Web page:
New YorkApple's stock market shares were not favored by investors on Monday and dragged Wall Street down with it. New York investors quit the California tech giant after the iPhone's main supplier lowered its estimate.
Apple shares fell around five percent. Investors are afraid that a good time for Apple will end once. Recently, the company has warned that Wall Street sales expectations are unlikely to be met in the important Christmas quarter.
The Dow Jones of Defaults index closed 2.3 percent at 25,387 points. The broader S & P 500 produces just under two percent to 2,726 meters. The Nasdaq technology exchange index lost 2.8 percent to 7200 points. At the end of last week, US stock exchanges had declined – especially for technology stocks.
Profits from suppliers such as Lumentum, responsible for the technology behind iPhone's face recognition, caused excitement at Apple. The company announced that it would not be able to reach the sales target and profit set only a few days ago due to reduced volume of major customer orders. Lumduum shares fell and lost around 30 percent.
Even cigarette manufacturers like Altria and Philip Morris are running out of steam – though not as dramatic as Apple's suppliers. Investors are separated from Marlboro and Benson & Hedges producers, according to newspaper reports, about the immediate ban on menthol cigarettes. Altria shares closed 3.5, Philip Morris shares around 1.4 percent down.
General Electric conglomerate, which has left Dow Jones this year, also suffered heavy losses. Its share price slumped almost seven percent after CEO Lawrence Culp announced he was pressing to sell company assets to collect cash.
It also did not help Culp, who had previously promised to reduce the company's debt level. Because now he also announces that GE will lose its sales target for 2018. "In retrospect, we may be stuck on the target of excessive revenue for too long this year," he said in an interview with CNBC on Monday.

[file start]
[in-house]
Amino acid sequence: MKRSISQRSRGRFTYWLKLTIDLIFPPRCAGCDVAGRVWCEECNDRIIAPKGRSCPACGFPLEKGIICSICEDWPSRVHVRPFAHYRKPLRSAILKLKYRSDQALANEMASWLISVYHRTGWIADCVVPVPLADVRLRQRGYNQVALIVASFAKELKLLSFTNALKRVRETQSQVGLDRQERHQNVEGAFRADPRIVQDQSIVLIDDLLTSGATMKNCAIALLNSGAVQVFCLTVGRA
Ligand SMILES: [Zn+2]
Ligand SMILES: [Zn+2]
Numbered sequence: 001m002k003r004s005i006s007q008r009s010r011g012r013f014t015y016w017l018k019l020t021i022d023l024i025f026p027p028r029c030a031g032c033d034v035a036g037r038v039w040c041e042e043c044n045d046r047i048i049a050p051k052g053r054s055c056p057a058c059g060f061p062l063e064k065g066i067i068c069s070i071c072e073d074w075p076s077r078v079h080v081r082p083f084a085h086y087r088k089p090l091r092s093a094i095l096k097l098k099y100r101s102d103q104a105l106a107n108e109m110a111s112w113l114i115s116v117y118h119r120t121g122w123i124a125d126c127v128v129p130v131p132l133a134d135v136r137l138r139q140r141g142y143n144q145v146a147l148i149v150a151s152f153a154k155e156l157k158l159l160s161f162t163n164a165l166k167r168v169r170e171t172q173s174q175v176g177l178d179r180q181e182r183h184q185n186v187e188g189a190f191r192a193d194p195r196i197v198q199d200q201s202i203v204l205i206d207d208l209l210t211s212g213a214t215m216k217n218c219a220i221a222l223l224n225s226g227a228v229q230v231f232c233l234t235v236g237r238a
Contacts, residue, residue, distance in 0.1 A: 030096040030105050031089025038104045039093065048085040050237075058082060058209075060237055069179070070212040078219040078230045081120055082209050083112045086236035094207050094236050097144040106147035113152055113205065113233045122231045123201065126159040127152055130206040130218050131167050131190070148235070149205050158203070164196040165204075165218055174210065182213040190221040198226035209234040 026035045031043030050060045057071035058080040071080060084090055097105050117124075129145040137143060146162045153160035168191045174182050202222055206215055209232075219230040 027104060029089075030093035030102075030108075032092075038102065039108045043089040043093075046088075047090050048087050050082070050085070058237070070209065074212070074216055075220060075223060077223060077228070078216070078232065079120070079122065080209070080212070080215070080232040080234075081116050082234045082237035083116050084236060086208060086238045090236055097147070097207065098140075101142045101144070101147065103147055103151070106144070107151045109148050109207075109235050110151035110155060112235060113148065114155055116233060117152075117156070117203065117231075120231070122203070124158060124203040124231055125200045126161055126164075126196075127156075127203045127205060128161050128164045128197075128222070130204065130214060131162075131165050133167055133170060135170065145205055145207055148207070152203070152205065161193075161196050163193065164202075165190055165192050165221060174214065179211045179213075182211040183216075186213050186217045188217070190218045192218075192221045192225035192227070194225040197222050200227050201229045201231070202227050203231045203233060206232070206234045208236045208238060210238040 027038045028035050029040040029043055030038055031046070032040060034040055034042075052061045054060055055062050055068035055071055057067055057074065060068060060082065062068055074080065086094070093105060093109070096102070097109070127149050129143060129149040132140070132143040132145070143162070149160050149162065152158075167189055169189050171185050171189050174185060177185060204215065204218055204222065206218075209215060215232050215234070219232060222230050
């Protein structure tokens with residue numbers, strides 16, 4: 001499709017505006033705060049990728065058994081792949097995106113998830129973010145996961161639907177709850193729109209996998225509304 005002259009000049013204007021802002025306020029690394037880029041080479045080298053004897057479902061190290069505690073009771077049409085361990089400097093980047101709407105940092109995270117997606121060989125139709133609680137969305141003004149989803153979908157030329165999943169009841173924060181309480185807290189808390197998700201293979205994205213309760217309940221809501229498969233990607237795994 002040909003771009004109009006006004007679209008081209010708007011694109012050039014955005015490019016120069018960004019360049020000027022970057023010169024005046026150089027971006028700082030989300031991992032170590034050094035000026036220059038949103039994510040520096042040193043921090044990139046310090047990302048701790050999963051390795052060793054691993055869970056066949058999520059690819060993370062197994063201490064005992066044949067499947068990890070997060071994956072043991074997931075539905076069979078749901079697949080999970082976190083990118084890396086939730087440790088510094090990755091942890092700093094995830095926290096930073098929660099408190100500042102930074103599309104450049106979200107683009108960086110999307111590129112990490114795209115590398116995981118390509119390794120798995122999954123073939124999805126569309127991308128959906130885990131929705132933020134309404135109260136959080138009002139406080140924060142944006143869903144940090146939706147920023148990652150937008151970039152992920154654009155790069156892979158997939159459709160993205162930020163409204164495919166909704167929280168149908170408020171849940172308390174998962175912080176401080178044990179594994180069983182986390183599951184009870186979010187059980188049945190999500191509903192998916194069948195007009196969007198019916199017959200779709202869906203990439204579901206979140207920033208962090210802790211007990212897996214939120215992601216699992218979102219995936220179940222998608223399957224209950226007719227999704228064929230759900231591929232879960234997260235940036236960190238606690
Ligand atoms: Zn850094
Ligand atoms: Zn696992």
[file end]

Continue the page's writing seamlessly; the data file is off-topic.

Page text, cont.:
Goldman Sachs also fell, the investment bank was convicted on the stock exchange for a Bloomberg report that Malaysia was seeking reimbursement related to the billion-dollar business of its troubled sovereignty funds. Goldman Sachs shares fell 7.5 percent.
The return of the dollar is also troubling investors, because a higher exchange rate reduces the profit prospects of US companies on the world market. The euro lost around one US cent to $ 1.1241. That was the lowest level since June 2017. "The King Dollar is back," said analyst Valentin Marinov of French bank Credit Agricole. The European currency seems to be hit.
On the one hand, many investors prefer the dollar because the Fed has raised interest rates several times in the US and is likely to be top down in December. This makes government bonds more attractive than equity. US credit markets remain closed Monday due to holidays.
On the New York Stock Exchange around 560 million shares changed hands. 970 values increased, 2611 declined and 185 remained unchanged. On the Nasdaq closed with sales of almost two billion shares as many as 747 plus titles, 2342 at minus and 144 unchanged. US credit markets remain closed Monday due to holidays.
With agency material.